She resented Agamemnon’s sacrificing their daughter to the gods to win the war.  Helen, after creating chaos with hundreds of thousands dying, came home to her old husband Menelaus and lived happily ever after. That beautiful face must have some really thick skin!
The two above stories also demonstrate the saying “Be careful what you wish for…” You don’t know the cost of attaining your wish or what comes with it, even if the wish is for love.

There are also inspiring stories. Theodora was an acrobat, prostitute of exceptional intelligence (and supposed skill as a lover), which led to the emperor choosing her as his empress. In a revolt that was on the verge of succeeding, when the Emperor Justinian planned to escape, she famously stood her ground, saying it was better to die in the purple (as emperor) than as a fugitive in comfort!  This inspired Justinian to stay and turn the tide of battle.

Napoleon and Joséphine de Beauharnais, of poor origin, though they divorced due to politics, loved each other to the end.  On the other hand, Marie Louise of Austrian nobility, whom he last married, left him to ally with his enemies.  One all: Love triumphs politics, politics also triumphed love.

Is it a coincidence that Rizal’s last love was also a Josephine, a Bracken, also of poor origin?  This was despite the objections of her adoptive father who considered her ungrateful and a big spender, and Rizal’s own family’s objections.  We can consider that Pepe was clearly loved by Josephine as she continued to risk herself in aiding the revolution, including in the fighting itself after his execution. Ambeth Ocampo relates an instance when facing the governor general, she “told him if he was offended with her he could take her out and shoot her as her husband had been shot.”  (Compare that with Empress Marie Louise waiting to have Napoleon exiled til death!)  Though Rizal could not give his Josephine much in life, being small of stature, having no children, no wealth to give her, and exposing her to family censure and revolutionary risks, it seems he might have married her just before execution.  He immortalized her in his last great poem, the “Mi Ultimo Adios”:  “Adios, dulce extranjera, mi amiga, mi alegria… (Goodbye, my sweet foreigner, my love, my happiness).”  There is a saying:  “A frustrated lover becomes a poet, a frustrated spouse becomes a philosopher.”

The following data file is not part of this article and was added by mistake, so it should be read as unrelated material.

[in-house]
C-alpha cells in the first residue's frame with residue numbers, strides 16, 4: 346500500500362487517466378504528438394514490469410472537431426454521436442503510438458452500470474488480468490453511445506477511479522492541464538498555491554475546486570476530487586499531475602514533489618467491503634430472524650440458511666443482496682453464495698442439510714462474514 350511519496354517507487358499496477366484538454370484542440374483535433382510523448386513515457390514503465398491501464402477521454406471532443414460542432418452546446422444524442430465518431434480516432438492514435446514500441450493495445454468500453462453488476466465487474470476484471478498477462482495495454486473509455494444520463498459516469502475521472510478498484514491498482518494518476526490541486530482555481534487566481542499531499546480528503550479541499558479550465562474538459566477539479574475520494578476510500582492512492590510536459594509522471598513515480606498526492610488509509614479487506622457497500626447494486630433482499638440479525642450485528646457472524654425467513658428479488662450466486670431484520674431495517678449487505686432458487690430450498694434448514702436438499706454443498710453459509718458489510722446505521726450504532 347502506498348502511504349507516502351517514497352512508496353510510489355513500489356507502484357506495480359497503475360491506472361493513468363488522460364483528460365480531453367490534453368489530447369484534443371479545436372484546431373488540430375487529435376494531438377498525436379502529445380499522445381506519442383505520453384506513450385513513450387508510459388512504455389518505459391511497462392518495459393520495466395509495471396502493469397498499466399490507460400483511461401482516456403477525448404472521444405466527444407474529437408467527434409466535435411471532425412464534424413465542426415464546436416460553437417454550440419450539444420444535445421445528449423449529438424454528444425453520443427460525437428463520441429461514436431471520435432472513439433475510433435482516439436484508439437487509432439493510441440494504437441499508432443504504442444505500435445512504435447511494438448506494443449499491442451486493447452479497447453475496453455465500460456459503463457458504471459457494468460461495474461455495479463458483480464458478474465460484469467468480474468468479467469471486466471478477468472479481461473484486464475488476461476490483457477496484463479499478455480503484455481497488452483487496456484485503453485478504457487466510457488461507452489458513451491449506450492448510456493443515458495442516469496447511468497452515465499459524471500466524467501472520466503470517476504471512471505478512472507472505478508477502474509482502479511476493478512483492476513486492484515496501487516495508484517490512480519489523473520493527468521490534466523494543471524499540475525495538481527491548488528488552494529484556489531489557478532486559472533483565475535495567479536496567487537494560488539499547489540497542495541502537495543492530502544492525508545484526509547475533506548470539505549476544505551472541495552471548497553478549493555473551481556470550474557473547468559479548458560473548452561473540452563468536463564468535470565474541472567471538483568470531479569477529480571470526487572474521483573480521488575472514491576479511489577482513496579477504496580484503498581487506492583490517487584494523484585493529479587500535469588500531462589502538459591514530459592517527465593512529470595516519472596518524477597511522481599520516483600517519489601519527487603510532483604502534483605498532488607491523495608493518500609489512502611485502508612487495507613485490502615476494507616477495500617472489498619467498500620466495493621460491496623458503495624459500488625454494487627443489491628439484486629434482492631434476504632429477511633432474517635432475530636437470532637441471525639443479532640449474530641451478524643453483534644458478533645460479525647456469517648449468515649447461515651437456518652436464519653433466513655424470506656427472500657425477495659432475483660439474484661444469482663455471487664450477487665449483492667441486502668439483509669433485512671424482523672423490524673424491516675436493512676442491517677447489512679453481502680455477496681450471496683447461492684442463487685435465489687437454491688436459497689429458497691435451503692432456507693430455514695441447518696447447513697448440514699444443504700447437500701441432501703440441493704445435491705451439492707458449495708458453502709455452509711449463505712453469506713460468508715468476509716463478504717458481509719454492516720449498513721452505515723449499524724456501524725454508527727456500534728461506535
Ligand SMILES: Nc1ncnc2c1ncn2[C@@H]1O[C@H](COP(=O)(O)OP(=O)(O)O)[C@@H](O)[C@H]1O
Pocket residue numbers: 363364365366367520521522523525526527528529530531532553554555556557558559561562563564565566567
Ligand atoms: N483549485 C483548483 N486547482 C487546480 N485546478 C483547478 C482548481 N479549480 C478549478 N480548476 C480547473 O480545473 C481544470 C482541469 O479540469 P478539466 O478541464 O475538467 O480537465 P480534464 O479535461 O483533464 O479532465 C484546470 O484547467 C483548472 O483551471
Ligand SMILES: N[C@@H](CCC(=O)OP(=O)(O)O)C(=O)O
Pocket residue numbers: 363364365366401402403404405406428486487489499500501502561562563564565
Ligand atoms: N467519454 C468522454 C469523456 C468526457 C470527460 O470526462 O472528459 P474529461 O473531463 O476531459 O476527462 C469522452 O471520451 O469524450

Why study love? Love is an outsized political and economic force in the Philippines.  It constantly determines the direction of, and the rise and fall of our countrymen and leaders. Whether it is a source of weakness or inspiration, nation is an eternal question argued over in our gossip columns, coffee shops, karaoke bars and even halls of governments.
Happy Heart’s Day!

George Siy is a Wharton-educated industrialist, international trade practitioner and negotiator, serving as director of IDSI. He has advised the Philippines and various organizations in trade negotiations with the ASEAN Nations, Japan and the United States.

**We welcome logical feedback and possibly working together with compatible frameworks (idsicenter@gmail.com).

Also published in: https://www.manilatimes.net/2020/02/16/opinion/columnists/a-virus-called-love-rizal-luna-napoleon-helen-of-troy-cleopatra/686346/

5 thoughts on “A Virus called ‘Love’: Rizal, Luna, Napoleon, Helen of Troy, Cleopatra…